Sampler, Cheltenham Female Orphan Asylum, 19th century
In the 19th century samplers were used as an educational tool for girls from all backgrounds. This sampler is from the Cheltenham Orphanage Asylum which stood near to the entrance of the newly created Pittville Estate. The asylum, which had royal patronage, was for orphans from ‘respectable’ families – other less fortunate girls would have found themselves in the workhouse in nearby St Paul’s. The asylum was instrumental in training girls for domestic service. A key element of this training would have been sewing and embroidery. The sampler demonstrates the high level of skill in embroidery demanded from girls at this time – the oldest pupils were just twelve years old. The girls wore a distinctive uniform of brown serge gowns, straw bonnets, capes, black worsted stockings, white tippets, check bibs and aprons and ‘duffield’ cloaks.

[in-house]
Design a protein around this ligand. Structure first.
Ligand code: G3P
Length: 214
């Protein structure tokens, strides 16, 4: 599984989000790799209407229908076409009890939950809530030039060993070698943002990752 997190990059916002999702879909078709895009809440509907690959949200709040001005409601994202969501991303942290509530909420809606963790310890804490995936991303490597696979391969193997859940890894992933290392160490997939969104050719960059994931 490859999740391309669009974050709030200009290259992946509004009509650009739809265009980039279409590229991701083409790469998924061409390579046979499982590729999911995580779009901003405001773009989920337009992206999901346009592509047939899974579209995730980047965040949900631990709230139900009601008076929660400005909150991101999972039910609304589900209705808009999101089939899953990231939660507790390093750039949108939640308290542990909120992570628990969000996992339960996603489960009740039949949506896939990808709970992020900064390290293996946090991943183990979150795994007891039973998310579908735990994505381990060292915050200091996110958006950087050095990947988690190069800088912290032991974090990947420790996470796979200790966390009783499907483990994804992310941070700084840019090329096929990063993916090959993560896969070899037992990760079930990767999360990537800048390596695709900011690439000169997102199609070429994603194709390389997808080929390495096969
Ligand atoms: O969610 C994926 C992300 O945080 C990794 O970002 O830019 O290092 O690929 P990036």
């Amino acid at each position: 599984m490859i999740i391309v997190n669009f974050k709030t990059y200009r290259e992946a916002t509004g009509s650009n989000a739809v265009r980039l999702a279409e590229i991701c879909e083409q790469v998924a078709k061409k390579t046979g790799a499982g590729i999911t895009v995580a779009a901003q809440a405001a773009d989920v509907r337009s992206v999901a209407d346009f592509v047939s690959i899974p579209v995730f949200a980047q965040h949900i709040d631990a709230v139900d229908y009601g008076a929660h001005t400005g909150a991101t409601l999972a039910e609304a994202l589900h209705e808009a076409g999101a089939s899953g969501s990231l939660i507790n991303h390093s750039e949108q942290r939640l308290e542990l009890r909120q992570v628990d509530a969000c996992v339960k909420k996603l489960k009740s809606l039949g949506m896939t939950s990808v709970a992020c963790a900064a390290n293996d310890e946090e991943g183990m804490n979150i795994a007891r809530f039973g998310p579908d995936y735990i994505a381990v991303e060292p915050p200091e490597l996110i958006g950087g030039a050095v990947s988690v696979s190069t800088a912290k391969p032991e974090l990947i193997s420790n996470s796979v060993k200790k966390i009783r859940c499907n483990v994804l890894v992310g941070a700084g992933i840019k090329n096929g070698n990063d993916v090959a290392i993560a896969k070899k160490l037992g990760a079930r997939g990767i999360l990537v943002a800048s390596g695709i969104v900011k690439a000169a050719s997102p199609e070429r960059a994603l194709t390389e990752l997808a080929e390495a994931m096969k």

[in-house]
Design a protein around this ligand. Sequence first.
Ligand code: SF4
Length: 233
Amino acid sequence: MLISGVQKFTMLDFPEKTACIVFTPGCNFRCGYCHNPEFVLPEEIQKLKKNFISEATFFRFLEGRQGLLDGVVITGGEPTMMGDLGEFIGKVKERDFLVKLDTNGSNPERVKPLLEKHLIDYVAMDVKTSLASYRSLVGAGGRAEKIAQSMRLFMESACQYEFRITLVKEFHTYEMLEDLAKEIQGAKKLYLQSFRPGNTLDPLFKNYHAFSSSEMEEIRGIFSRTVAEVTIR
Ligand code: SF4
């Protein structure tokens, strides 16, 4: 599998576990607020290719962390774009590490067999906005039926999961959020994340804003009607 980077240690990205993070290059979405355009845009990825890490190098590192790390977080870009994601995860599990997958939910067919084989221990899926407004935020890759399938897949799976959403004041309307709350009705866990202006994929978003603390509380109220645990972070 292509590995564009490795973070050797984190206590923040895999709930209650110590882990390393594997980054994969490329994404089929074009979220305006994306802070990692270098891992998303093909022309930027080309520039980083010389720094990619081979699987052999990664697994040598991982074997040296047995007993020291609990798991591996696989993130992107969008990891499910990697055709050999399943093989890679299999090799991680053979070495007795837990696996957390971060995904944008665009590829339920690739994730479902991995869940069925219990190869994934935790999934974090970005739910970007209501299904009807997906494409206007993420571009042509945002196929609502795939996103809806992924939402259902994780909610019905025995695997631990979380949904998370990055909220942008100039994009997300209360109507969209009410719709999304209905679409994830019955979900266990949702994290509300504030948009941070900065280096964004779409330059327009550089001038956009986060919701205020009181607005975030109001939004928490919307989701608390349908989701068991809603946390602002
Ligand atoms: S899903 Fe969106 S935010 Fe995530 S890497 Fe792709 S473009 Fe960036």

In 1842 Queen Victoria was sent examples of the girls’ embroidery – testament to the high standard produced at the asylum. Queen Victorian must have been impressed for she became a patron and contributed £10 towards the asylum’s funding.
The sampler is on display in the Nursery in the Holst Birthplace Museum.